The academic community has spent a great deal of time and effort studying the impact of the shift to streaming but because the streaming-only broadcast of live sports is still comparatively new there has not been much work on it. Hutchins, Li and Rowe (2019) argue that ‘live sport streaming is a key means by which television content and practices are escaping the boundaries of broadcast media’ (Hutchins, Li and Rowe, 2019: 1). Because of the potential for the pursuit of profit overriding health and safety, something evident in the NFL already, this is not an aspect of media that can be allowed to escape unchallenged: what limited protections television practices provide for live sporting events should be safeguarded. The recent SAG-AFTRA strikes had as part of their demands addressing their concerns over health and safety on a set and that is an important consideration for media across the board. Live sports, whose revenue is partially generated by media coverage and increasingly by streaming, also needs governance for health and safety of those involved. It seems unlikely in the extreme that the NFL will stop prioritising spectacle over safety and just as unlikely that weather extremes will become less common. As such, when considering the weather impacts on streaming only games, the question is less if the audience is ‘ready for some football’[5] and more if they are prepared to accept the possibility of frostbite or worse to themselves, their fellow fans, support staff and the players they (parasocially) love.


Dr Melissa Beattie is a recovering Classicist who was awarded a PhD in Theatre, Film and TV Studies from Aberystwyth University where she studied Torchwood and national identity through fan/audience research as well as textual analysis. She has published and presented several papers relating to transnational television, audience research and/or national identity. She is suddenly an independent scholar. She has worked at universities in the US, Korea, Pakistan, Armenia, Ethiopia and for a brief time in Cambodia. She can be contacted at tritogeneia@aol.com.



[1]     I did actually remember this from my undergraduate chemistry class over twenty years ago but double-checked with my friend Ms Erin Chapman, a high school physics teacher, just to make sure. The ideal gas law is PV = nRT where P is pressure, V is volume, n is the amount of a substance, R is the ideal gas constant and T is temperature.

[2]     Snowy field conditions present hazards as well; in a 2017 game in Buffalo, then-Bills-quarterback Nathan Peterman sustained a concussion when he and a defensive player both slid out of control due to snow and collided.

[3]     When working Week 1 of the 2002 regular season as first aid, I suffered heat exhaustion as did many of my patients. Three weeks later, standing in the exact same spot, I suffered hypothermia. This illustrates both the range of issues at outdoor stadiums and why I stopped working at NFL games.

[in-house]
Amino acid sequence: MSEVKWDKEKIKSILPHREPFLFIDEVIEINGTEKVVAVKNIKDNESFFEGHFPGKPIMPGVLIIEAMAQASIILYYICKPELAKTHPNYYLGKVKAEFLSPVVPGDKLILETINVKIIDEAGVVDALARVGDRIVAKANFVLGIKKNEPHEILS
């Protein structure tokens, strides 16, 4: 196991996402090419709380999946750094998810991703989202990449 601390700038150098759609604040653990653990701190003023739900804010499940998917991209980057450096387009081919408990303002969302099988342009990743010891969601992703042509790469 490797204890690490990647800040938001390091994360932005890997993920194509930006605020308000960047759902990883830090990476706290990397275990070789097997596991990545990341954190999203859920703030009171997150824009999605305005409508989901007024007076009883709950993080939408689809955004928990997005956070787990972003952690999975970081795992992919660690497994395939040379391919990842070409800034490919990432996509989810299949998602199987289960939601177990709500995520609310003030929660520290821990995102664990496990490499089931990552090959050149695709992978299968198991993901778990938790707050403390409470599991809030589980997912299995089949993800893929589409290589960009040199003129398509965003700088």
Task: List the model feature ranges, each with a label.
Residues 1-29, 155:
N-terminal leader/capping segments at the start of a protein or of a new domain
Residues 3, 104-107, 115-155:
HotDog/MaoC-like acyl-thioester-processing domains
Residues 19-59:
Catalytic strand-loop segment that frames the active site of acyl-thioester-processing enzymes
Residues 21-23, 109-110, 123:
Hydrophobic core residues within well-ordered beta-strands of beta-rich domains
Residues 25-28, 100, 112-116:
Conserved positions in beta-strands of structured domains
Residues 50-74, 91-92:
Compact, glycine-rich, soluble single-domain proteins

[4]     Temporary stoppages of play because of lightning in the area do occur more regularly.

[5]     In various iterations, this has been the question posed in the theme song to Monday Night Football (multiple channels, 1970-present) for decades.



Associated Press (2024) Dolphins-Chiefs playoff game on Peacock sets streaming record. ESPN.com, (15 January) https://www.espn.com/nfl/story/_/id/39313570/dolphins-chiefs-playoff-game-peacock-sets-streaming-record (accessed 20/1/24).

Fainaru-Wada M Fainaru S (2013) League of Denial: The NFL, Concussions and the Battle for the Truth. NY: Crown Publishing Group.

Hutchins B Li B and Rowe D (2019) Over-the-top sport: live streaming services, changing coverage rights markets and the growth of media sport portals. Media, Culture & Society 1–20 online first: https://doi.org/10.1177/0163443719857623.

Keefer Q A W Kniesner T J (2023) Injury risk, concussions, race, and pay in the NFL. Journal of Risk and Uncertainty 67: 107–136. https://doi.org/10.1007/s11166-023-09415-1.

Morse B (2024) NFL’s policy over cold-weather games questioned after fans treated for hypothermia and frostbite at Chiefs-Dolphins game, Accuweather.com, (20 January) https://www.accuweather.com/en/sports/nfls-policy-over-cold-weather-games-questioned-after-fans-treated-for-hypothermia-and-frostbite-at-chiefs-dolphins-game/1614876 (accessed 21/1/24).

Serazio M (2019) The Power of Sports: Media and Spectacle in American Culture. NY: NYU Press.

Teicher A (2024) Manufacturer says Patrick Mahomes’ helmet ‘did its job’ despite breaking. ESPN.com (16 January) https://www.espn.com/nfl/story/_/id/39323875/manufacturer-says-patrick-mahomes-helmet-did-job-crack (accessed 20/1/24).